Pulse-pressure variation and hemodynamic response in patients with elevated pulmonary artery pressure: a clinical study
1 Department of Intensive Care Medicine, Bern University Hospital and University of Bern (Inselspital), Freiburgstrasse 10, 3010 Bern, Switzerland
2 Department of Anesthesiology and Pain Therapy, Bern University Hospital and University of Bern (Inselspital), Freiburgstrasse 10, 3010 Bern, Switzerland
Critical Care 2010, 14:R111 doi:10.1186/cc9060
See related commentary by Madger, http://ccforum.com/content/14/5/197Published: 11 June 2010
Pulse-pressure variation (PPV) due to increased right ventricular afterload and dysfunction may misleadingly suggest volume responsiveness. We aimed to assess prediction of volume responsiveness with PPV in patients with increased pulmonary artery pressure.
Fifteen cardiac surgery patients with a history of increased pulmonary artery pressure (mean pressure, 27 ± 5 mm Hg (mean ± SD) before fluid challenges) and seven septic shock patients (mean pulmonary artery pressure, 33 ± 10 mm Hg) were challenged with 200 ml hydroxyethyl starch boli ordered on clinical indication. PPV, right ventricular ejection fraction (EF) and end-diastolic volume (EDV), stroke volume (SV), and intravascular pressures were measured before and after volume challenges.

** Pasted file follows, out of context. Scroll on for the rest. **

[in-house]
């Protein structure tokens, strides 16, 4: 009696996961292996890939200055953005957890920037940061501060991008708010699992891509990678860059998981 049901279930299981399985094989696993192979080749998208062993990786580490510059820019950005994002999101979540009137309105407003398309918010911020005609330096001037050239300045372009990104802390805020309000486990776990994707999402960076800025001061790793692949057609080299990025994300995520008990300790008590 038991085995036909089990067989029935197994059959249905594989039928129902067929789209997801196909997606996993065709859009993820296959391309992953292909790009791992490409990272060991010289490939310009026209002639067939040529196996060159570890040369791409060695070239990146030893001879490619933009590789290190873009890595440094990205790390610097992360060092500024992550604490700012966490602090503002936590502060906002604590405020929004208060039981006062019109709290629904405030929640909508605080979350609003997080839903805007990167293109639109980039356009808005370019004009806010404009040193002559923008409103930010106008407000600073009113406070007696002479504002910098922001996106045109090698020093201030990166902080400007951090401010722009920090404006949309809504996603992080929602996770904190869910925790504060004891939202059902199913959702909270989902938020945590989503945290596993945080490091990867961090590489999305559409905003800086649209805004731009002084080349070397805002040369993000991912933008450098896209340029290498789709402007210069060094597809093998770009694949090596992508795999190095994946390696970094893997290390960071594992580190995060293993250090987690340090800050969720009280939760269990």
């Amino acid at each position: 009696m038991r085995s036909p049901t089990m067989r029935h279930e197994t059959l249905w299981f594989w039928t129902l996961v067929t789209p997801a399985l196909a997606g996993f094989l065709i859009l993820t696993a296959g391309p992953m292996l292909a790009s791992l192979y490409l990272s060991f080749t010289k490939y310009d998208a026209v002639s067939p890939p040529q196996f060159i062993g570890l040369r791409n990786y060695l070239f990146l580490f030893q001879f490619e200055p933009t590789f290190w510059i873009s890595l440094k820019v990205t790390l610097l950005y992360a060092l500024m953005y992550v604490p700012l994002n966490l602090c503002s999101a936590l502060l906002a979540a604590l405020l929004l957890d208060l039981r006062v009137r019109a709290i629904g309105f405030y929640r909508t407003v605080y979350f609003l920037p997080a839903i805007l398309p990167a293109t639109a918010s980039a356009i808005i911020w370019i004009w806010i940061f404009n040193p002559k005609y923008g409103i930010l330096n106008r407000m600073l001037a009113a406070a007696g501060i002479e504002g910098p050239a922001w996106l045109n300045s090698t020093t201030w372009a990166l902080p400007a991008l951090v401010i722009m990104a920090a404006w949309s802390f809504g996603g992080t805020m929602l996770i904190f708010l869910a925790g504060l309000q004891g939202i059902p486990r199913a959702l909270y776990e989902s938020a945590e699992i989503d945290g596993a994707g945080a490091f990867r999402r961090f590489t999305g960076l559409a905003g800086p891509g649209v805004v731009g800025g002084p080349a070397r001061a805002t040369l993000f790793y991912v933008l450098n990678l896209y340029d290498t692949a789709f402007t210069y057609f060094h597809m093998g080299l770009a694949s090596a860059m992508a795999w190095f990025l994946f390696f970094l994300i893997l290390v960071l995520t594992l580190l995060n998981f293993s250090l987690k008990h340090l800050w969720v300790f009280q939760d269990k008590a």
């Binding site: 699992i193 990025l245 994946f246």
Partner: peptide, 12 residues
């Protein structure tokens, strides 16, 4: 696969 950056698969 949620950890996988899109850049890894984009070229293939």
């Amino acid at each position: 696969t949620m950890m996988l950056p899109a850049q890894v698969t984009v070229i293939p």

Of 69 fluid challenges, 19 (28%) increased SV > 10%. PPV did not predict volume responsiveness (area under the receiver operating characteristic curve, 0.555; P = 0.485). PPV was ≥13% before 46 (67%) fluid challenges, and SV increased in 13 (28%). Right ventricular EF decreased in none of the fluid challenges, resulting in increased SV, and in 44% of those in which SV did not increase (P = 0.0003). EDV increased in 28% of fluid challenges, resulting in increased SV, and in 44% of those in which SV did not increase (P = 0.272).
Both early after cardiac surgery and in septic shock, patients with increased pulmonary artery pressure respond poorly to fluid administration. Under these conditions, PPV cannot be used to predict fluid responsiveness. The frequent reduction in right ventricular EF when SV did not increase suggests that right ventricular dysfunction contributed to the poor response to fluids.